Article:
Magical Language and the Glass Bead Game

The Glass Bead Game (Das Glasperlenspiel) was the final work of Hermann Hesse. The title relates to the central theme of the book, which is a fictional game played by the characters of the story, although the finer details of how the game works were not given by Hesse. For an introduction to existing playable variants of Glass Bead Game, see the Glass Bead Game wiki. While I was reading through some quotes from the book, I noted that Hesse described the game as “a kind of universal language”:

Under the shifting hegemony of now this, now that science or art, the Game of games had developed into a kind of universal language through which the players could express values and set these in relation to one another. Throughout its history the Game was closely allied with music, and usually proceeded according to musical and mathematical rules.

As with any language, there are rules. The suggestion by Hesse is that the Glass Bead Game usually made use of musical and mathematical rules. This fits in well with various concepts of the occult, such as the music of the spheres and the various “mathematical” areas of sacred geometry and gematria. While the suggestion of mathematical rules may initially make the game sound overly intellectual, a deeper magical essence is also suggested by Hesse:

After each symbol conjured up by the director of a Game, each player was required to perform silent, formal meditation on the content, origin, and meaning of this symbol, to call to mind intensively and organically its full purport. The members of the Order and of the Game associations brought the technique and practice of contemplation with them from their elite schools, where the art of contemplation and meditation was nurtured with the greatest care.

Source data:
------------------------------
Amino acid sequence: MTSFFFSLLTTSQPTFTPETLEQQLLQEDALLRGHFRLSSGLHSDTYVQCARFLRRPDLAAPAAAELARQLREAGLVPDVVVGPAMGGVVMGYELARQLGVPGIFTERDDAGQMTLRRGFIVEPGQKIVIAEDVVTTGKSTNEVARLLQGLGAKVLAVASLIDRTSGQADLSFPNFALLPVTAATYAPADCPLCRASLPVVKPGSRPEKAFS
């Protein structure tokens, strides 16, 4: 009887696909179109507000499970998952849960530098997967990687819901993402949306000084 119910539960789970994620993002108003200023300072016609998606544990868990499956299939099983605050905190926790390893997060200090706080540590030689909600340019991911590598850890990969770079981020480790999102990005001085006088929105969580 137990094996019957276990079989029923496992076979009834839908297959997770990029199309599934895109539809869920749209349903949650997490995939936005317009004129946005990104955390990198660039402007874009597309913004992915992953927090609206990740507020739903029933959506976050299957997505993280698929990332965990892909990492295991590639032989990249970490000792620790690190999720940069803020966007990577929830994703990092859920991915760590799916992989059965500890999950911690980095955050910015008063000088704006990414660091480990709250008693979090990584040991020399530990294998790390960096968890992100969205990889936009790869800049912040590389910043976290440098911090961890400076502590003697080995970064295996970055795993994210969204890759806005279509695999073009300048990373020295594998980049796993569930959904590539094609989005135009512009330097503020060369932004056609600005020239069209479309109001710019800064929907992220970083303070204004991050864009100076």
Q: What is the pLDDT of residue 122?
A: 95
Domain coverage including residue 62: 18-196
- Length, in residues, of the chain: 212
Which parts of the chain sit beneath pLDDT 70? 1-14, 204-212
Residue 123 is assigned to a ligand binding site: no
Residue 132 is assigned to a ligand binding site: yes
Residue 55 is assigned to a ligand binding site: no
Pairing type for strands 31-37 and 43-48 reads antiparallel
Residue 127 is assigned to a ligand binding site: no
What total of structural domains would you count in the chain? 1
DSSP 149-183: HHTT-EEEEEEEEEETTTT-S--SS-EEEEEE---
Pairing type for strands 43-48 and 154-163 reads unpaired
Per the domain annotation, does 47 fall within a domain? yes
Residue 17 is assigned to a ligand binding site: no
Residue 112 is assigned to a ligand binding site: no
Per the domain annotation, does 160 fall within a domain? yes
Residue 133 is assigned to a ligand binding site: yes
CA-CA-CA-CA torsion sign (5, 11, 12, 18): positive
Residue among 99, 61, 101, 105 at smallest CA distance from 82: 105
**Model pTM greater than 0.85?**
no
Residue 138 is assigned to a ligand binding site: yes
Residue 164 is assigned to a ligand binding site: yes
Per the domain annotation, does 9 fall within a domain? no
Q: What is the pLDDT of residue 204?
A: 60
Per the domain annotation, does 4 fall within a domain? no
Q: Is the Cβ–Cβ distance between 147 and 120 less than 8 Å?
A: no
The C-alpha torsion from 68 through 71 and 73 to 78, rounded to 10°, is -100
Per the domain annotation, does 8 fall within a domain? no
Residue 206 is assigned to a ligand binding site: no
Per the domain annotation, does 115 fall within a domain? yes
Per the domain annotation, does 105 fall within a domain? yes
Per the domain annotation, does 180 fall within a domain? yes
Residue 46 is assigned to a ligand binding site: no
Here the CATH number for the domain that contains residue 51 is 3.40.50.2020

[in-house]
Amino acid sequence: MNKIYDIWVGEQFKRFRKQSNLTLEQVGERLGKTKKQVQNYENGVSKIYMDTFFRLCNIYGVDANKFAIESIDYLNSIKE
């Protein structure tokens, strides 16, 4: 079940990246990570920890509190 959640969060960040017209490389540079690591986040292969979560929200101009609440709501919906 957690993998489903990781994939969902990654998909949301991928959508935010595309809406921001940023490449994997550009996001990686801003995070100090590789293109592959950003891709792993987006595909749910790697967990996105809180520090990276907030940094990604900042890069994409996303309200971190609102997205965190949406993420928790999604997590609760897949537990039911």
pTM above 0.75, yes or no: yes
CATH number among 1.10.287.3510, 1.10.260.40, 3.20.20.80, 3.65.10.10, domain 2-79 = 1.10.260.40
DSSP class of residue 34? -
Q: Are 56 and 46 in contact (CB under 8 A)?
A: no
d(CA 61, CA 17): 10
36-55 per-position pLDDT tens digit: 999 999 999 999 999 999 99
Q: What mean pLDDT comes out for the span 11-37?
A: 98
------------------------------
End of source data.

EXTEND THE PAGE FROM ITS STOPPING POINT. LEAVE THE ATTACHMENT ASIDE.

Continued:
This suggests a much more esoteric game, and suggests a language that is based on the use of symbols. Hesse elaborates on this, adding an even deeper level to the game, in which the “framework of a language” provided “a path from Becoming to Being”:

Pious thinkers of earlier times had represented the life of creatures, say, as a mode of motion toward God, and had considered that the variety of the phenomenal world reached perfection and ultimate cognition only in the divine Unity. Similarly, the symbols and formulas of the Glass Bead Game combined structurally, musically, and philosophically within the framework of a universal language, were nourished by all the sciences and arts, and strove in play to achieve perfection, pure being, the fullness of reality. Thus, ‘realizing’ was a favorite expression among the players. They considered their Games a path from Becoming to Being, from potentiality to reality…

Further links between the Glass Bead Game and a magical language are given by Hesse in various parts of the book:

Some dreamed of a new alphabet, a new language of symbols through which they could formulate and exchange their new intellectual experiences.

Joculator Basiliensis applied himself to the problem. He invented for the Glass Bead Game the principles of a new language, a language of symbols and formulas, in which mathematics and music played an equal part, so that it became possible to combine astronomical and musical formulas, to reduce mathematics and music to a common denominator, as it were.